February 22, 2019
The Centre for Cities, in partnership with George Capital, has mapped the UK cities with the strongest city centre economies in the UK, and identified their common features. The report City Centres: Past, Present and Future found that focusing on the struggles of certain high streets ignores the success of well-performing city centres and misdiagnoses the core problem: insufficient footfall in city centres due to a lack of jobs.
Successful city centres feature fewer shops but are supported by ‘knowledge-based’ office jobs – such as those in marketing, finance and law. As online retailers draw customers away from traditional shops, well-paying jobs in knowledge-based industries create a consumer market for high street restaurants, bars and other leisure activities to thrive.
Several regional cities such as Manchester, Birmingham (Brindleyplace pictured) and Liverpool have performed well in the last two decades at growing their city centre workforces, laying the foundations for strong city centre economies
The report shows the main challenge for poorly performing high streets is not the internet. It is the lack of skilled workers and demand to make the shift away from retail and towards high-knowledge and leisure services.
City councils require extra support and funding from Government to develop and deliver strategies that shift city centres away from retail, and towards office-based jobs and leisure. Meanwhile, councils with strong city centres should ensure a continued pipeline of high-quality office space to sustain the demand for bars, restaurants and other leisure venues.
The report concludes that to support city centres, the Government should treat them as strategic infrastructure projects, similar to transport.
It makes three key recommendations. First, it calls upon the Chancellor allow city leaders to access to the National Productivity Investment Fund to invest in making city centres more attractive places for businesses and employees. Second, it urges the Government to offer all city centres exemptions from commercial-to-residential conversions to protect valuable office space. Finally, more investment in skills for cities’ residents is necessary to create the educated workforce that future city centres need to thrive.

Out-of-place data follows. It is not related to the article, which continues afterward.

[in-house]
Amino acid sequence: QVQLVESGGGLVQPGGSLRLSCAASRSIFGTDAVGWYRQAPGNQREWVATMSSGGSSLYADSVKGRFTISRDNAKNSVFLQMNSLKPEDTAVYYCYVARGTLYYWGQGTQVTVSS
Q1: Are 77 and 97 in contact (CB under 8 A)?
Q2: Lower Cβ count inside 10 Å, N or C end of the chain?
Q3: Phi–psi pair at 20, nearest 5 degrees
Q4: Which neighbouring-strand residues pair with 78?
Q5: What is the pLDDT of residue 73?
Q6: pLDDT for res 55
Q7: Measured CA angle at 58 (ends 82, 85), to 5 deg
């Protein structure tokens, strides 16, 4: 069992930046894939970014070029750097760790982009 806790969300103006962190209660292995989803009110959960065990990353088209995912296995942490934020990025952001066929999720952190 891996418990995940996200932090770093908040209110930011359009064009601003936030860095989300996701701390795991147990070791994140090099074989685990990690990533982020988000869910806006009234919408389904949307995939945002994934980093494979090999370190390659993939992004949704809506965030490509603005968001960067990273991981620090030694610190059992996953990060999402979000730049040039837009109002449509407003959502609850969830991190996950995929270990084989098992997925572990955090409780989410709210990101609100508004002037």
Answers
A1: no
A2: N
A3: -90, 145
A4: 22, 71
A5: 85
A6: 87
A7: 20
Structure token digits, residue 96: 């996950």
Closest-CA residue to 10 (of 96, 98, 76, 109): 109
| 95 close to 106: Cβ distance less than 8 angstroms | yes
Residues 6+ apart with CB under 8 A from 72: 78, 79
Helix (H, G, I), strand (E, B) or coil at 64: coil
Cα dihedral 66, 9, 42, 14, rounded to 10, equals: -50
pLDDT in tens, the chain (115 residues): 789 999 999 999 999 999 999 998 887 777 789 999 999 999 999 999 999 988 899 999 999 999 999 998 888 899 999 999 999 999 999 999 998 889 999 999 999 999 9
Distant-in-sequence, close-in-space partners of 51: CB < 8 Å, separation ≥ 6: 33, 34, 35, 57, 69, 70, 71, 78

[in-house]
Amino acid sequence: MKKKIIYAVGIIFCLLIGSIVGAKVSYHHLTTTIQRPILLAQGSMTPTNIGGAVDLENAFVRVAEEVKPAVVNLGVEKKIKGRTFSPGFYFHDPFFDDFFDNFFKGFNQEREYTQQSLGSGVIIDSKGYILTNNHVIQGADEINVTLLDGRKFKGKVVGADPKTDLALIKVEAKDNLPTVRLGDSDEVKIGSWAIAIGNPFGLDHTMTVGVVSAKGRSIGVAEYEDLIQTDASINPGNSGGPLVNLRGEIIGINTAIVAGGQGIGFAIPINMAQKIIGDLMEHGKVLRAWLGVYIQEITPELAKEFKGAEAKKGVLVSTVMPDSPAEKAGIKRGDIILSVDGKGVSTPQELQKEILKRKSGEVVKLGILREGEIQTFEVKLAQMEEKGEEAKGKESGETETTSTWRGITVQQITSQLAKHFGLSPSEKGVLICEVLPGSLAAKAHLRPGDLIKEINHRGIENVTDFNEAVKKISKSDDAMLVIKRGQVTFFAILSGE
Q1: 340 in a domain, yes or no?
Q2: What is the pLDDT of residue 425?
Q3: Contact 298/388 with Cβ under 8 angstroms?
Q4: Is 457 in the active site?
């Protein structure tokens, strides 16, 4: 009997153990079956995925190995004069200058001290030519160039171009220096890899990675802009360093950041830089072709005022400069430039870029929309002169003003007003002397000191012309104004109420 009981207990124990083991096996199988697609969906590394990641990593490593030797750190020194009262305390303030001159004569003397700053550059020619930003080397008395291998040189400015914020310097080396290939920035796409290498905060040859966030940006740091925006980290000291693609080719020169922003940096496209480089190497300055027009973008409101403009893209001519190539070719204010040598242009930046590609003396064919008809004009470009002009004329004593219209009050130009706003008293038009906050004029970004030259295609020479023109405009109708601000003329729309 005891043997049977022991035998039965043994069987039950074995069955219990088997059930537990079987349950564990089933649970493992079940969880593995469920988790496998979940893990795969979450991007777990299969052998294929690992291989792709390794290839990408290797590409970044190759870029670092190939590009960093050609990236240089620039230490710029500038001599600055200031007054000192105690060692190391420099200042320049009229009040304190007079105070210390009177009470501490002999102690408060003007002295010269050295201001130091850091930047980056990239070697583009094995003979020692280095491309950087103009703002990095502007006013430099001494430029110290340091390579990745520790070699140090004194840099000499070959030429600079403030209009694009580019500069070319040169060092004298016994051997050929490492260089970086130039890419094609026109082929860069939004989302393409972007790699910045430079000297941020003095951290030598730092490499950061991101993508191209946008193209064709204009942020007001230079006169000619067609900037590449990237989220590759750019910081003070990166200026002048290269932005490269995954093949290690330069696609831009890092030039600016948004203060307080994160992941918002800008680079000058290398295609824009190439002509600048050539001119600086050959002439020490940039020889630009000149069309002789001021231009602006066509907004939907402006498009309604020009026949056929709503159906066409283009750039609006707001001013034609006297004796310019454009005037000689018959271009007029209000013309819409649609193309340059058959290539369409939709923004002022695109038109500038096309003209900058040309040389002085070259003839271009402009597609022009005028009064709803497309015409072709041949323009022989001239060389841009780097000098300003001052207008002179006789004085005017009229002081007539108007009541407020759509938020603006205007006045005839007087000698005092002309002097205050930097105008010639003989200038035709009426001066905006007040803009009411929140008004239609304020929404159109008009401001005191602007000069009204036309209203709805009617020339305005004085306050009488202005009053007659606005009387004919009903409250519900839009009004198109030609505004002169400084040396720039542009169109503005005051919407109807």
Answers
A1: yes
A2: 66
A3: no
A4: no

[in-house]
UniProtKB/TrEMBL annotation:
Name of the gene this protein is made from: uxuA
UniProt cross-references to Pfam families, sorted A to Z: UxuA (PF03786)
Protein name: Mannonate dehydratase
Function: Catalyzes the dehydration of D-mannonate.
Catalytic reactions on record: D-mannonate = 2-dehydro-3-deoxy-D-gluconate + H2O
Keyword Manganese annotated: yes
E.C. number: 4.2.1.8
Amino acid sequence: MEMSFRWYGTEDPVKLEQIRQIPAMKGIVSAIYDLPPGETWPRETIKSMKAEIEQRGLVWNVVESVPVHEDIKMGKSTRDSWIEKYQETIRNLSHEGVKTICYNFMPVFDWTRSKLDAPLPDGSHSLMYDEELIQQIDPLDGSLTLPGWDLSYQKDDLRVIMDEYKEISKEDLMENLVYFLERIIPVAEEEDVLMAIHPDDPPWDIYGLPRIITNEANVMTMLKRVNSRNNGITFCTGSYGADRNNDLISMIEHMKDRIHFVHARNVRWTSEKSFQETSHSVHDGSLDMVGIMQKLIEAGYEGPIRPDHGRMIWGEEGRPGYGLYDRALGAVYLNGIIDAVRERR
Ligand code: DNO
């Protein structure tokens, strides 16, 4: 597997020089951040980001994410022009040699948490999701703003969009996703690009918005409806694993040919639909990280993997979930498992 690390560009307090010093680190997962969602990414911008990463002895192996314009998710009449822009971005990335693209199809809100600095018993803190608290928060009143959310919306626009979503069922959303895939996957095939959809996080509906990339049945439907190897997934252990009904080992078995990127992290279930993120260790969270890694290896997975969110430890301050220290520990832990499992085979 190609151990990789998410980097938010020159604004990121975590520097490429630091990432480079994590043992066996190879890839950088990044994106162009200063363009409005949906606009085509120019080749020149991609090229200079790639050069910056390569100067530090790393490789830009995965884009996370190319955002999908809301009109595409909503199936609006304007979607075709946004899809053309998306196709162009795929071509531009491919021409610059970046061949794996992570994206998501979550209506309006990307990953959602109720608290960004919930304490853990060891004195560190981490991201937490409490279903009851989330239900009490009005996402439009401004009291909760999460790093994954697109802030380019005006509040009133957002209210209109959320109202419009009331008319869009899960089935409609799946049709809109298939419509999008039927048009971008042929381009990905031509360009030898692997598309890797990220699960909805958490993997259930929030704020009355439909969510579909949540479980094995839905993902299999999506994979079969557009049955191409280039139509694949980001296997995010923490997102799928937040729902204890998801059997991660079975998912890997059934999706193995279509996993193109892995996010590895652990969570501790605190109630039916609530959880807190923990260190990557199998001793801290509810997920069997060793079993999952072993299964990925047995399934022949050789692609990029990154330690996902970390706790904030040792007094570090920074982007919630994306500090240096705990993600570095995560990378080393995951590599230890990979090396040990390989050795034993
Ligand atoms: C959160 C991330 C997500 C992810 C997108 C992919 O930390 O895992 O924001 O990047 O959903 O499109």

London is among the cities with the fewest empty commercial units in their city centres. Looking outside the capital, strong regional cities such as Liverpool, Birmingham, Manchester and Reading also have fewer commercial unit vacancies in their city centres than average.
At the other end of the spectrum Newport, Bradford and Wigan have the most city centre vacancies. These struggling city centres share a common characteristic: too many cheap retail units and a lack of quality office space, restaurants, cafes and bars. Their over-reliance on traditional retail means that they have struggled to compete with the popularity of online shopping.
Commenting on the findings, Centre for Cities Chief Executive Andrew Carter said: “This research shows that it is not all doom and gloom on the high street, despite the headlines. However future city centres are likely to look very different to today. We must remember that a successful high street is the result, not the driver, of a successful city economy and take a more holistic approach to regenerating city centres – including allowing councils to access infrastructure funding as well as money set aside for high street regeneration. Instead of trying to replace failed shops with more retail, investors and policy makers should focus their strategies on making struggling city centres attractive places to do business and spend leisure time – not just to shop.”